The NJR Data Access Portal represents a secure data access platform that houses Registry data in a secure area that researchers can access, reducing the administrative burden of legal permissions that would be required if data were to be released to them directly. This portal has now been used by several groups to securely access NJR data and from 2020/21 the portal will be the standard mechanism by which NJR data is made available to researchers. The committee has also made progress with entering into a sub-licensing agreement with NHS Digital that would allow applications for linked NJR, HES, PROMs and mortality data to be managed under a single application. Details of how to apply for secure access to NJR data for research purposes can be found at https://www.njrcentre.org.uk/njrcentre/Research/Research-requests.
NJR Annual Research Programme
Building on many high-quality publications over the years, the NJR continues to develop its annual research programme. Current projects include: inequalities in provision and outcomes; surgical approach; development of an arthroplasty morbidity index; and examining factors associated with revision and its outcomes. As projects complete, new topics are brought on-stream.
The NJR is also looking forward to starting a programme of work this year examining the utility of data from the national PROMs programme for understanding the performance of implants in the Registry. This work will examine national PROMs data from NHS Digital in England, and consider if the data scope and quality is sufficiently robust to adopt PROMs as an outcome measure across the NJR.
Use of NJR data this year
The Research Committee encourages external use of the NJR dataset to answer questions of clinical relevance and this year the NJR dataset has provided opportunities for several external researchers to develop innovative projects.
The NJR dataset has been used as the key resource in 12 research papers published during this same time-period, of which four were conducted or led by external, independent researchers.
Please see the NJR Research Project Portfolio here which catalogues all sanctioned research projects, progress reports and NJR updates in relation to research, using the NJR dataset, together with links to all publications related to NJR data.
Research Fellowship Scheme
Due to the COVID-19 pandemic the committee has been unable to appoint to the NJR Research Fellowship this year. We are expecting to open the 10th round of this programme in 2021. This is part of the NJR’s Joint Clinical Research Fellowship scheme run in partnership with the Royal College of Surgeons of England, helping the NJR to support high quality research in orthopaedics. Prospective fellows are encouraged to apply to the rolling programme. The NJR encourages applications from a diverse pool of applicants, including those from the allied health professions and non-clinical backgrounds. Look out for current opportunities on the NJR website.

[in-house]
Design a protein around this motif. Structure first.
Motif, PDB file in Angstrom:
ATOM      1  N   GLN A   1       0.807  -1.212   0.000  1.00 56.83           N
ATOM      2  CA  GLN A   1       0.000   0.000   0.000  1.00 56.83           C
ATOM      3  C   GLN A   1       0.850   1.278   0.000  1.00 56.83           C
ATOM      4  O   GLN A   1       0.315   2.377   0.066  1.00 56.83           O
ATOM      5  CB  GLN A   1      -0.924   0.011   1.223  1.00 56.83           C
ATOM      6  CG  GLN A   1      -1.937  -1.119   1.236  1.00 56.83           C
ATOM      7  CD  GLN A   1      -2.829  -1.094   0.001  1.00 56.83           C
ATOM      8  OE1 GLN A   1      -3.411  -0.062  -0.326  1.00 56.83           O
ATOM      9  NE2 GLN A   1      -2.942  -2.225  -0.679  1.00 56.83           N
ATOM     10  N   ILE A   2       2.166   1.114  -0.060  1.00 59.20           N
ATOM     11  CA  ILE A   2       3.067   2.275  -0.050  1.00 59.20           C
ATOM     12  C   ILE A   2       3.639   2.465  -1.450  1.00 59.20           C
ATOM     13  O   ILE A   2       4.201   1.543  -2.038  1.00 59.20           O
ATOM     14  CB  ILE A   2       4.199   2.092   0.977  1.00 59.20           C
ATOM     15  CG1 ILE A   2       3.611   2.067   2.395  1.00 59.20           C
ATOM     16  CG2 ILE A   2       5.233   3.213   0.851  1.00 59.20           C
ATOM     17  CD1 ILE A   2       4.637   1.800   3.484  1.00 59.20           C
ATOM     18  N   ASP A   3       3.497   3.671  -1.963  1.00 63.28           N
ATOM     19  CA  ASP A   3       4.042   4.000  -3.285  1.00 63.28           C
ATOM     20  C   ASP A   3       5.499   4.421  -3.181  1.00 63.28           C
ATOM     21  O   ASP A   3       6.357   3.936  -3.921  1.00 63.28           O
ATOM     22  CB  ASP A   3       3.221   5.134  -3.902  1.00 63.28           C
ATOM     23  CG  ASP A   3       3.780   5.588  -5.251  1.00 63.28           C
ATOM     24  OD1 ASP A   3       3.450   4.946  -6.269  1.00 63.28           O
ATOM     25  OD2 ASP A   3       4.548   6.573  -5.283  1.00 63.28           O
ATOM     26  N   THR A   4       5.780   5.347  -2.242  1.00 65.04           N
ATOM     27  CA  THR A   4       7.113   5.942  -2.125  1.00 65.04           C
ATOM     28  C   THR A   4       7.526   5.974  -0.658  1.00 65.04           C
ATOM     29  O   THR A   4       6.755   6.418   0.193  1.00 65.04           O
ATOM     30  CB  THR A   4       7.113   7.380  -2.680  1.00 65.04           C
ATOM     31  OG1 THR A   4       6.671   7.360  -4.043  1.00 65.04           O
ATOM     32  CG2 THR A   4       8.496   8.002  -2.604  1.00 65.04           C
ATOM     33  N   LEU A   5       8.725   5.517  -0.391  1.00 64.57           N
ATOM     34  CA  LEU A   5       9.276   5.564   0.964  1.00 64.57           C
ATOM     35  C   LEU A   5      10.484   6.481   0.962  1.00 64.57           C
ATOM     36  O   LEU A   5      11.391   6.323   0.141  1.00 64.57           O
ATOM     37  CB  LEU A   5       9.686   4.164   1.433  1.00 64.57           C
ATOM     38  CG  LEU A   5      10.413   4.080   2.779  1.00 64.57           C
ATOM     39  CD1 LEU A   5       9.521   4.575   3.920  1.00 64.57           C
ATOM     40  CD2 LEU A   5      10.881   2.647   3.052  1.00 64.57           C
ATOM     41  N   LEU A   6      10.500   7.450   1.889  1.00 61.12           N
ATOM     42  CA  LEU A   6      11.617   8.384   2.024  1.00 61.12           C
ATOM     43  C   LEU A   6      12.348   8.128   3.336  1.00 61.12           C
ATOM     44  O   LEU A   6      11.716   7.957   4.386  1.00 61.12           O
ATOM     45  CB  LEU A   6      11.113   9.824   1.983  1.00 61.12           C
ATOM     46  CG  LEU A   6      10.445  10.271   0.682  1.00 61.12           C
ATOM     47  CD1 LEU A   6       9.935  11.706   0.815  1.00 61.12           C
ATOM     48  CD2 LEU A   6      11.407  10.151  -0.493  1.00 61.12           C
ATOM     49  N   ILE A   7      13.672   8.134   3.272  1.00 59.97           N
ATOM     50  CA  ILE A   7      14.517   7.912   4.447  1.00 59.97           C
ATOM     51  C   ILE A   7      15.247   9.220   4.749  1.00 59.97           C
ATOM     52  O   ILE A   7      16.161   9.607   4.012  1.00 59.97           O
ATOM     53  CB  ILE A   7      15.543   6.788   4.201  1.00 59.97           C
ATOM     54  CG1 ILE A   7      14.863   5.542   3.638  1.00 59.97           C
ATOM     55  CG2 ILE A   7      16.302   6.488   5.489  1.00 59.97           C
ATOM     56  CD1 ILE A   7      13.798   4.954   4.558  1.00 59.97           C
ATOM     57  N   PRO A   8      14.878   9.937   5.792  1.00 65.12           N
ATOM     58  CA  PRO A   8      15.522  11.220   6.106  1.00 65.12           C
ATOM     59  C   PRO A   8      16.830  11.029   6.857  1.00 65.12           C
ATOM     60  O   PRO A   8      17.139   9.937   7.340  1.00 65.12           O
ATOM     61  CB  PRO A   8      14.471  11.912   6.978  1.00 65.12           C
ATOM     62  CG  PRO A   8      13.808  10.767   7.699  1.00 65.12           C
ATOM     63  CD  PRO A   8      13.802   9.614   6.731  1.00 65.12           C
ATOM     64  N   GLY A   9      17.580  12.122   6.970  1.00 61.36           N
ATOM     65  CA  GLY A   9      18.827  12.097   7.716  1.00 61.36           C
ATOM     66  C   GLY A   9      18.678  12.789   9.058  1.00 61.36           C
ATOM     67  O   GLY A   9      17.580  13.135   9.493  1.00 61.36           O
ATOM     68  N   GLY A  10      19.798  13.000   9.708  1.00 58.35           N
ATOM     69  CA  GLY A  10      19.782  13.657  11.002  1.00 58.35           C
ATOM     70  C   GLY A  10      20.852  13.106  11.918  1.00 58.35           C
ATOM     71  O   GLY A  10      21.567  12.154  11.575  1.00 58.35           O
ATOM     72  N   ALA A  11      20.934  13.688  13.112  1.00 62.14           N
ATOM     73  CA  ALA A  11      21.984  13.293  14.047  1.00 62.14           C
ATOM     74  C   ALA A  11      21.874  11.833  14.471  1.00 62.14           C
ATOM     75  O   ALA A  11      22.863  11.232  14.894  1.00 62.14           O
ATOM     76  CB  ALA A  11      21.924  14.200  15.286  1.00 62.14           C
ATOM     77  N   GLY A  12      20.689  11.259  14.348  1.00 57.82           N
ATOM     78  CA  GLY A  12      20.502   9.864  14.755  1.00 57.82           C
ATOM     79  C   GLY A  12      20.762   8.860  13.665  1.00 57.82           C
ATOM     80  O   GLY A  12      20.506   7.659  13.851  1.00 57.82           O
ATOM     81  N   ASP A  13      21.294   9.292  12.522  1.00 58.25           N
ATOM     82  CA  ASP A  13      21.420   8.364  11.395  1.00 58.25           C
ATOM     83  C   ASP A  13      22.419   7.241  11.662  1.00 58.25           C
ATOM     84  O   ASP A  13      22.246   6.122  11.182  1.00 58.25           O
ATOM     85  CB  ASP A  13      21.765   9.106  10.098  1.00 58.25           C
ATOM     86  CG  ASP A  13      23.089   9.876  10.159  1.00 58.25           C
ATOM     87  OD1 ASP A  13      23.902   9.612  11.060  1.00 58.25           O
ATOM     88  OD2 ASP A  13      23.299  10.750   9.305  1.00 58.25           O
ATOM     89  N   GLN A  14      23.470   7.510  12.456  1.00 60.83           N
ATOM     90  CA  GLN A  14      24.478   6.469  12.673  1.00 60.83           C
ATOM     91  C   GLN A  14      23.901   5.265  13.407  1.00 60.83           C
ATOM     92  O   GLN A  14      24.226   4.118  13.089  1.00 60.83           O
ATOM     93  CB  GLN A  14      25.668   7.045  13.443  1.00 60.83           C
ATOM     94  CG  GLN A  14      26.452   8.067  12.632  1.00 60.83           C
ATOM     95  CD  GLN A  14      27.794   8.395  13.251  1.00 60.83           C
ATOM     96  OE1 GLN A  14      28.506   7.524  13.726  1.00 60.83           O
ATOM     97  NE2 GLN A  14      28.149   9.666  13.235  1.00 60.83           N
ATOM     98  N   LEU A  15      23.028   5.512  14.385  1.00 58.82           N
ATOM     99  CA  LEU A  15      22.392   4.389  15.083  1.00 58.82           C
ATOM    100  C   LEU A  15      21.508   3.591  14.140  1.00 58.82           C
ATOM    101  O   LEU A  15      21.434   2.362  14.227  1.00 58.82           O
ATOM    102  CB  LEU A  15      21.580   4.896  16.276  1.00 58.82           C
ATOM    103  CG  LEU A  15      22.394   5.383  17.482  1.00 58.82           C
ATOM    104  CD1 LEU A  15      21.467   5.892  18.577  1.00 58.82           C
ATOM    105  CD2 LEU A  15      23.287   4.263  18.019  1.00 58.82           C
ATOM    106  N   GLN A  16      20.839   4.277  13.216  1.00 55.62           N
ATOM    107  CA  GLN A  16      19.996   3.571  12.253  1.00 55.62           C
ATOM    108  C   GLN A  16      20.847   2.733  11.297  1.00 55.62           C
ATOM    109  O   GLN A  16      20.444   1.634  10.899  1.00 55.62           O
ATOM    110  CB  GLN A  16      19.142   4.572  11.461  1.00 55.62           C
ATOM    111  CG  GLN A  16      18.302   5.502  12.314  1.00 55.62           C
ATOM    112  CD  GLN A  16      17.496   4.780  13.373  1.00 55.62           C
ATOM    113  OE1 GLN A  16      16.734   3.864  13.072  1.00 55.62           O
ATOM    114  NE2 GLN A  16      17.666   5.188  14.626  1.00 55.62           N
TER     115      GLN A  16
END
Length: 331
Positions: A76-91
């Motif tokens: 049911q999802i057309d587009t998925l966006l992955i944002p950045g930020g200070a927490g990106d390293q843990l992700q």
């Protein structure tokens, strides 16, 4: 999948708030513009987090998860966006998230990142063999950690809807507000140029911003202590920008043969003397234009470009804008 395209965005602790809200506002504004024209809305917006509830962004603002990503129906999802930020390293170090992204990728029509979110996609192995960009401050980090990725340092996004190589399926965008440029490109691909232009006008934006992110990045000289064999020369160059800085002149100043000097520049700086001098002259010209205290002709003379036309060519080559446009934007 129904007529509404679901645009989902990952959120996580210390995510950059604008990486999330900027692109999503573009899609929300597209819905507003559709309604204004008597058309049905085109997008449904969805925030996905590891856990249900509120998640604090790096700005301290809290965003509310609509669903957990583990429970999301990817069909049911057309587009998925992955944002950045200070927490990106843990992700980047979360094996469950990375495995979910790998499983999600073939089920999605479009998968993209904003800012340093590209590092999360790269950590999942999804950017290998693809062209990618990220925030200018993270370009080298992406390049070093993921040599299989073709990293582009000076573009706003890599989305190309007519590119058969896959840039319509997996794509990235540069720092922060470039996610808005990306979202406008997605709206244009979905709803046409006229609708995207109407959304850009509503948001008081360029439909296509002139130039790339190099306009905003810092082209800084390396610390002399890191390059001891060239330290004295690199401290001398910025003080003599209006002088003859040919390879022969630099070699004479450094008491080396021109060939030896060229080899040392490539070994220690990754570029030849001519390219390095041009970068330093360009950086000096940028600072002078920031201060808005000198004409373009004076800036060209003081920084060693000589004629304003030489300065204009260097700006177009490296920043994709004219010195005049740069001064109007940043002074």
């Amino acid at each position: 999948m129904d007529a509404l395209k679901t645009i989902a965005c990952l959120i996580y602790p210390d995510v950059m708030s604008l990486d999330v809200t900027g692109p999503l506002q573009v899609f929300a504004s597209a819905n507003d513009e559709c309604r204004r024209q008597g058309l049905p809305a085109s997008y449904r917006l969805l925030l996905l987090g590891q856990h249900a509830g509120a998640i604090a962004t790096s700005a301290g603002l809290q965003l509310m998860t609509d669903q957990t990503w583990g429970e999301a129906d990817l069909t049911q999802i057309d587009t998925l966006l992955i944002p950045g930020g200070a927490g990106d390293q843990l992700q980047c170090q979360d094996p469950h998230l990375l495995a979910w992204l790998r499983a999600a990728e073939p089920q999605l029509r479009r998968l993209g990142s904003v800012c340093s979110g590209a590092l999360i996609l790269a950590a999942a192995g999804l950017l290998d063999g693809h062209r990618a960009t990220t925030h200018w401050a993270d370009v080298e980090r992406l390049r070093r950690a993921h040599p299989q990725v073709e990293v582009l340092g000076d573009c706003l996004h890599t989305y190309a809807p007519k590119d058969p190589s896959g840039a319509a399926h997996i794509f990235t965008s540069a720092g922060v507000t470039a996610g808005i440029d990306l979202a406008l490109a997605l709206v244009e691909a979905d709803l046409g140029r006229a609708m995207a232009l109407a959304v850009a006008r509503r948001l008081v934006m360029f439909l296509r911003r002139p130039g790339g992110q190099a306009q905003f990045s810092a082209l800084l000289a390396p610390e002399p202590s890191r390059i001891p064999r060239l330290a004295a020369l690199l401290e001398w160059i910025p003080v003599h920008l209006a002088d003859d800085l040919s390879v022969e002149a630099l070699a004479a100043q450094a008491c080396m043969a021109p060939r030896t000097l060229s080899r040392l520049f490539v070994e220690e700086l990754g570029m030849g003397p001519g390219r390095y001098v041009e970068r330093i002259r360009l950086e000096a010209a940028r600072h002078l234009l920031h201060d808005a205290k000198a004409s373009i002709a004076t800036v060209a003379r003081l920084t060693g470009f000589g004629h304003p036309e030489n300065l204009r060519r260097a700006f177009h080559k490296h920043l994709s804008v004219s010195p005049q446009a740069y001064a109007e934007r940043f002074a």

Toby Jennison, the ninth appointed Research Fellow, continues to investigate five-year survival of total ankle replacements, as well as supporting the NJR in its classification and reporting of ankle arthroplasty across the Registry.
Rob Middleton, outgoing Research Fellow, completed a study looking at the association between frailty and outcome in joint replacement surgery. This has involved the validation of the electronic Frailty Index as a measure of frailty when applied to HES data. A second phase of this work (outside of the NJR/ RCS Research Fellowship programme) will investigate the associations between patient frailty and the primary and secondary outcomes of joint replacement (change in quality of life, change in Oxford Knee Score, complication events, mortality and revision rate).
Submitting a research application
The Research Committee takes formal responsibility for the approval for the release of NJR data for research through an impartial and objective process and has oversight of the use and reporting of this data by research groups. Its priority is to ensure that any research question justifies access to the data and offers potential benefits to patients. Research proposals should align to the NJR’s priority framework and be feasible, ethical, relevant and methodologically sound.
The NJR has a commitment to uphold the standard and consistency of work that is carried out using NJR data, in line with national and international legislation. Therefore, all requests must also be approved by the Healthcare Quality Improvement Partnership (HQIP) Data Access Review Group for final authorisation of data release.
If you would like to submit a research application, the first step in this process is to submit an expression of interest for consideration. Invited applications are reviewed by the committee quarterly. Full details of the NJR’s research application pathway, together with detailed guidance notes for applicants, can be found here.
Please see the NJR Research Project Portfolio. A full list of publications related to NJR data is included in Appendix 4.